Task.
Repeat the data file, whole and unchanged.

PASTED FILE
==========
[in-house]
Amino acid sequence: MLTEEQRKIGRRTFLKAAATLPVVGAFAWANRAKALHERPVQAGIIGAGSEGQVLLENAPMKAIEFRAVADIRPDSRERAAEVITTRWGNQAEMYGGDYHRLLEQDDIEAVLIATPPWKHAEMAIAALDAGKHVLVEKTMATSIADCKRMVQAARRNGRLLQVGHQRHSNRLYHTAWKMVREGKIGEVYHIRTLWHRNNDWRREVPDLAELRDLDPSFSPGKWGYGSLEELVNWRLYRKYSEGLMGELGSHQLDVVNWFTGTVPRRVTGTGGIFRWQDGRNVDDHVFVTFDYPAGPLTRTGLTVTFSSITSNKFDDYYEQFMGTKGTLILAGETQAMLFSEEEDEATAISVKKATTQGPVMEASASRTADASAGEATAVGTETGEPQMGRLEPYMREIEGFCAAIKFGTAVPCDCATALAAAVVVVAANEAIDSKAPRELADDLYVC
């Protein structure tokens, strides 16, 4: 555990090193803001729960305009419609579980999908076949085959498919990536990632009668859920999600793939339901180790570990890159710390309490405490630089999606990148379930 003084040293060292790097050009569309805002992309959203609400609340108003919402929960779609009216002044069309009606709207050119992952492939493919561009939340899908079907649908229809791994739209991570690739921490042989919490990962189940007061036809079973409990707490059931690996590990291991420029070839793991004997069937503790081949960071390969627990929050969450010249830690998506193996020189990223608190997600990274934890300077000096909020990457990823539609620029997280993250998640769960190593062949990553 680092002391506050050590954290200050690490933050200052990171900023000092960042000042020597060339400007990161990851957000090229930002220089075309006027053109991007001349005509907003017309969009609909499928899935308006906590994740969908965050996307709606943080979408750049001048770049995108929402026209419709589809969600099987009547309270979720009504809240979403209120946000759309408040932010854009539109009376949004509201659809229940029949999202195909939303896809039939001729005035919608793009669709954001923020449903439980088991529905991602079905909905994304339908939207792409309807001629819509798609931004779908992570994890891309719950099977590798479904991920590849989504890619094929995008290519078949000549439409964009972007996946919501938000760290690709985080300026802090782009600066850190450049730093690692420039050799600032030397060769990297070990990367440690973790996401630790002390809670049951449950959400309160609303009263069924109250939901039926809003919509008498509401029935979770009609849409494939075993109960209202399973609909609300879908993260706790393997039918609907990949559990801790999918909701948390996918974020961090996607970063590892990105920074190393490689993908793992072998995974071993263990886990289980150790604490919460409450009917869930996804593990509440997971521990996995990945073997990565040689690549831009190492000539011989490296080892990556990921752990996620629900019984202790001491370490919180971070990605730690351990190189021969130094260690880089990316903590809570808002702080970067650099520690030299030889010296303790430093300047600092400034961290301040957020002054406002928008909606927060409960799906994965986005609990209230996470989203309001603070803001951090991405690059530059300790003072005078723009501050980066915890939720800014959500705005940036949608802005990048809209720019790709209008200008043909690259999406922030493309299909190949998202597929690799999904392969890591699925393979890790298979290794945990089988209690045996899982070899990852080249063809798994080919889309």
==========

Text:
[in-house]
Amino acid sequence: MLTEEQRKIGRRTFLKAAATLPVVGAFAWANRAKALHERPVQAGIIGAGSEGQVLLENAPMKAIEFRAVADIRPDSRERAAEVITTRWGNQAEMYGGDYHRLLEQDDIEAVLIATPPWKHAEMAIAALDAGKHVLVEKTMATSIADCKRMVQAARRNGRLLQVGHQRHSNRLYHTAWKMVREGKIGEVYHIRTLWHRNNDWRREVPDLAELRDLDPSFSPGKWGYGSLEELVNWRLYRKYSEGLMGELGSHQLDVVNWFTGTVPRRVTGTGGIFRWQDGRNVDDHVFVTFDYPAGPLTRTGLTVTFSSITSNKFDDYYEQFMGTKGTLILAGETQAMLFSEEEDEATAISVKKATTQGPVMEASASRTADASAGEATAVGTETGEPQMGRLEPYMREIEGFCAAIKFGTAVPCDCATALAAAVVVVAANEAIDSKAPRELADDLYVC
């Protein structure tokens, strides 16, 4: 555990090193803001729960305009419609579980999908076949085959498919990536990632009668859920999600793939339901180790570990890159710390309490405490630089999606990148379930 003084040293060292790097050009569309805002992309959203609400609340108003919402929960779609009216002044069309009606709207050119992952492939493919561009939340899908079907649908229809791994739209991570690739921490042989919490990962189940007061036809079973409990707490059931690996590990291991420029070839793991004997069937503790081949960071390969627990929050969450010249830690998506193996020189990223608190997600990274934890300077000096909020990457990823539609620029997280993250998640769960190593062949990553 680092002391506050050590954290200050690490933050200052990171900023000092960042000042020597060339400007990161990851957000090229930002220089075309006027053109991007001349005509907003017309969009609909499928899935308006906590994740969908965050996307709606943080979408750049001048770049995108929402026209419709589809969600099987009547309270979720009504809240979403209120946000759309408040932010854009539109009376949004509201659809229940029949999202195909939303896809039939001729005035919608793009669709954001923020449903439980088991529905991602079905909905994304339908939207792409309807001629819509798609931004779908992570994890891309719950099977590798479904991920590849989504890619094929995008290519078949000549439409964009972007996946919501938000760290690709985080300026802090782009600066850190450049730093690692420039050799600032030397060769990297070990990367440690973790996401630790002390809670049951449950959400309160609303009263069924109250939901039926809003919509008498509401029935979770009609849409494939075993109960209202399973609909609300879908993260706790393997039918609907990949559990801790999918909701948390996918974020961090996607970063590892990105920074190393490689993908793992072998995974071993263990886990289980150790604490919460409450009917869930996804593990509440997971521990996995990945073997990565040689690549831009190492000539011989490296080892990556990921752990996620629900019984202790001491370490919180971070990605730690351990190189021969130094260690880089990316903590809570808002702080970067650099520690030299030889010296303790430093300047600092400034961290301040957020002054406002928008909606927060409960799906994965986005609990209230996470989203309001603070803001951090991405690059530059300790003072005078723009501050980066915890939720800014959500705005940036949608802005990048809209720019790709209008200008043909690259999406922030493309299909190949998202597929690799999904392969890591699925393979890790298979290794945990089988209690045996899982070899990852080249063809798994080919889309």